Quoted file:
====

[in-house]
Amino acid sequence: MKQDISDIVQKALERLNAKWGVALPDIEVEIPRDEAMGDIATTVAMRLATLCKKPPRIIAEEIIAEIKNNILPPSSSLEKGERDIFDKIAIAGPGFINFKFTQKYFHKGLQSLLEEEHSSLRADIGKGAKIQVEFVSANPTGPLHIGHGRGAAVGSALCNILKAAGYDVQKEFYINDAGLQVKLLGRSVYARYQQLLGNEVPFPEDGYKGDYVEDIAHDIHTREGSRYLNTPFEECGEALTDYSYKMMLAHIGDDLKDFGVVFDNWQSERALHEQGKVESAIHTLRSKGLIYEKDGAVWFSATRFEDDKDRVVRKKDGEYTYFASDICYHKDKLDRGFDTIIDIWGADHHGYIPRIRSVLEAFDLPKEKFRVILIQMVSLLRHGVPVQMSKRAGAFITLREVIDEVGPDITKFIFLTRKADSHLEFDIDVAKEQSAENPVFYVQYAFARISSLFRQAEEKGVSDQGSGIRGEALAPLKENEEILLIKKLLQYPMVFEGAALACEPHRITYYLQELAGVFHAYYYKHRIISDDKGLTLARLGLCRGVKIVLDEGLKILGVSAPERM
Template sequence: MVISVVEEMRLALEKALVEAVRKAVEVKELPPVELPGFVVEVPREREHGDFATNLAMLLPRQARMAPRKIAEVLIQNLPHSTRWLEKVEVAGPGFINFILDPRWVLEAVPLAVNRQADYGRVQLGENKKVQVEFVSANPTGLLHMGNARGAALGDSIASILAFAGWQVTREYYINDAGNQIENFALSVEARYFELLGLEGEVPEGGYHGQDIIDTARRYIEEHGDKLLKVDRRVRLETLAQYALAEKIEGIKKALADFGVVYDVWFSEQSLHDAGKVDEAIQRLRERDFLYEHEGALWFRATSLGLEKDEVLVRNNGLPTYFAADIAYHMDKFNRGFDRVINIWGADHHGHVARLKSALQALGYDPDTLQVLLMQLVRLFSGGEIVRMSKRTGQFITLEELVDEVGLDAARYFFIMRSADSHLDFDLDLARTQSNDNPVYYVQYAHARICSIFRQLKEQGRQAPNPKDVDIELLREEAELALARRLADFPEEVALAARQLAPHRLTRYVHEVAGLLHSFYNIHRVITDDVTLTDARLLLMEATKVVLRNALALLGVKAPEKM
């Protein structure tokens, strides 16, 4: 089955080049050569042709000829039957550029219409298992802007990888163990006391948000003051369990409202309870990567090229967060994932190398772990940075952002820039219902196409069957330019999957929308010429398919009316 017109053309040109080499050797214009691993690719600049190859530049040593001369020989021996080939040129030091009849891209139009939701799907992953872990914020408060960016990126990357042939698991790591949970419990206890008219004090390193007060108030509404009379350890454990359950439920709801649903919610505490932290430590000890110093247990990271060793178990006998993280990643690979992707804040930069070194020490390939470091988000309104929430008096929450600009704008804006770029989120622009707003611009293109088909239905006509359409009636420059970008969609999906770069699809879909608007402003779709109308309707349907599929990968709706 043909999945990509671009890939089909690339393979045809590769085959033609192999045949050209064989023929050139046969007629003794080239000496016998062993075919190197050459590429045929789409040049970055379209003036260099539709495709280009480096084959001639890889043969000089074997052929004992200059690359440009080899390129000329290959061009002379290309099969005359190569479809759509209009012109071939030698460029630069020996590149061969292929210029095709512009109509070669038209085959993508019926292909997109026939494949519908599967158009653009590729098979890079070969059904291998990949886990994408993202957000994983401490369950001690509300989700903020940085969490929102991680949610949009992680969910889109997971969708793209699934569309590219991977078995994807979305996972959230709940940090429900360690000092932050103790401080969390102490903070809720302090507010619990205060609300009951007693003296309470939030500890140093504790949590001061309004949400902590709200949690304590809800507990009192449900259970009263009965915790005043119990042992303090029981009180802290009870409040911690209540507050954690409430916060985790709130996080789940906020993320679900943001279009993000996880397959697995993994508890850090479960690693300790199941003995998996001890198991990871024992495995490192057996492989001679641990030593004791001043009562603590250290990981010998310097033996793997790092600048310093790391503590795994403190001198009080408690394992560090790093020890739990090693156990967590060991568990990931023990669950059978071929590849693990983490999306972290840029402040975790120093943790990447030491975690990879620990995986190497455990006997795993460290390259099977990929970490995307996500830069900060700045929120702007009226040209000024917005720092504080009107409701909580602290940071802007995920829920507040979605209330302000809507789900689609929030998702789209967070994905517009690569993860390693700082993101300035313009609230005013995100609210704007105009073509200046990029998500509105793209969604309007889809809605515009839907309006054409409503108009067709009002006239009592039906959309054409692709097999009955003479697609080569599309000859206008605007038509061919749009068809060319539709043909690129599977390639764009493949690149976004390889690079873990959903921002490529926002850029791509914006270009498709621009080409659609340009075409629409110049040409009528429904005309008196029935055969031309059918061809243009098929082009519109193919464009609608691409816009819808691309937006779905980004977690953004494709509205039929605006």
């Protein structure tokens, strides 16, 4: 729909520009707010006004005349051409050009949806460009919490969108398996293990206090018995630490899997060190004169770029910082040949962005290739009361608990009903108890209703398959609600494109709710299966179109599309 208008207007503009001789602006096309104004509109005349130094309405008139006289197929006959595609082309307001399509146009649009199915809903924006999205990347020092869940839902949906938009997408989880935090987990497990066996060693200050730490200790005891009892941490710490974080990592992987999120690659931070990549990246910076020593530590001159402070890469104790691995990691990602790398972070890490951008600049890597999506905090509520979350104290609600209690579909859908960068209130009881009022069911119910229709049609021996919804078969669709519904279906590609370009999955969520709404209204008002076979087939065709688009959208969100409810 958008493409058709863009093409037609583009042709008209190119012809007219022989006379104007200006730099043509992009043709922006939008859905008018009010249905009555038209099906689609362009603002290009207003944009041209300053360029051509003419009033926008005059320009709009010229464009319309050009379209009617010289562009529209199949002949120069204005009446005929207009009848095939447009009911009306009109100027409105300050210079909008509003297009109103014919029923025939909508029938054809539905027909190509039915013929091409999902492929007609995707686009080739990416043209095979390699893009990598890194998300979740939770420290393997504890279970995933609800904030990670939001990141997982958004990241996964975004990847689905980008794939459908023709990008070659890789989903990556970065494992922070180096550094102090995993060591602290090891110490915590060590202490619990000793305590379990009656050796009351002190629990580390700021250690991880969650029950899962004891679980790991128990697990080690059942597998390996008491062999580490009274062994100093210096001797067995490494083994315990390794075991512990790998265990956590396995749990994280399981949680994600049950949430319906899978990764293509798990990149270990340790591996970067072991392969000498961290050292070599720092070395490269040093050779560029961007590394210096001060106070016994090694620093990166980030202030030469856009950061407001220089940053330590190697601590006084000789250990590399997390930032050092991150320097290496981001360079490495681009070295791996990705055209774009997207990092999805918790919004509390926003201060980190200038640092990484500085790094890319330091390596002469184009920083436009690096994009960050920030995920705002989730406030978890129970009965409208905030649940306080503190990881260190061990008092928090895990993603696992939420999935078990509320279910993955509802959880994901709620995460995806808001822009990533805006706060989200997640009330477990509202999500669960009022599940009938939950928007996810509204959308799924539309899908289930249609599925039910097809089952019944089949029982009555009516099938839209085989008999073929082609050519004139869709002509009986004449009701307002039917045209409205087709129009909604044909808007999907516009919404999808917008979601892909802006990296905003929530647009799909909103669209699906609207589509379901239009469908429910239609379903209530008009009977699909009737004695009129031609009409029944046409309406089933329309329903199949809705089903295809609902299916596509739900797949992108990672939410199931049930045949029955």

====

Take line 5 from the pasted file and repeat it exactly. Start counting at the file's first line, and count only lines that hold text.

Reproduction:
């Protein structure tokens, strides 16, 4: 729909520009707010006004005349051409050009949806460009919490969108398996293990206090018995630490899997060190004169770029910082040949962005290739009361608990009903108890209703398959609600494109709710299966179109599309 208008207007503009001789602006096309104004509109005349130094309405008139006289197929006959595609082309307001399509146009649009199915809903924006999205990347020092869940839902949906938009997408989880935090987990497990066996060693200050730490200790005891009892941490710490974080990592992987999120690659931070990549990246910076020593530590001159402070890469104790691995990691990602790398972070890490951008600049890597999506905090509520979350104290609600209690579909859908960068209130009881009022069911119910229709049609021996919804078969669709519904279906590609370009999955969520709404209204008002076979087939065709688009959208969100409810 958008493409058709863009093409037609583009042709008209190119012809007219022989006379104007200006730099043509992009043709922006939008859905008018009010249905009555038209099906689609362009603002290009207003944009041209300053360029051509003419009033926008005059320009709009010229464009319309050009379209009617010289562009529209199949002949120069204005009446005929207009009848095939447009009911009306009109100027409105300050210079909008509003297009109103014919029923025939909508029938054809539905027909190509039915013929091409999902492929007609995707686009080739990416043209095979390699893009990598890194998300979740939770420290393997504890279970995933609800904030990670939001990141997982958004990241996964975004990847689905980008794939459908023709990008070659890789989903990556970065494992922070180096550094102090995993060591602290090891110490915590060590202490619990000793305590379990009656050796009351002190629990580390700021250690991880969650029950899962004891679980790991128990697990080690059942597998390996008491062999580490009274062994100093210096001797067995490494083994315990390794075991512990790998265990956590396995749990994280399981949680994600049950949430319906899978990764293509798990990149270990340790591996970067072991392969000498961290050292070599720092070395490269040093050779560029961007590394210096001060106070016994090694620093990166980030202030030469856009950061407001220089940053330590190697601590006084000789250990590399997390930032050092991150320097290496981001360079490495681009070295791996990705055209774009997207990092999805918790919004509390926003201060980190200038640092990484500085790094890319330091390596002469184009920083436009690096994009960050920030995920705002989730406030978890129970009965409208905030649940306080503190990881260190061990008092928090895990993603696992939420999935078990509320279910993955509802959880994901709620995460995806808001822009990533805006706060989200997640009330477990509202999500669960009022599940009938939950928007996810509204959308799924539309899908289930249609599925039910097809089952019944089949029982009555009516099938839209085989008999073929082609050519004139869709002509009986004449009701307002039917045209409205087709129009909604044909808007999907516009919404999808917008979601892909802006990296905003929530647009799909909103669209699906609207589509379901239009469908429910239609379903209530008009009977699909009737004695009129031609009409029944046409309406089933329309329903199949809705089903295809609902299916596509739900797949992108990672939410199931049930045949029955």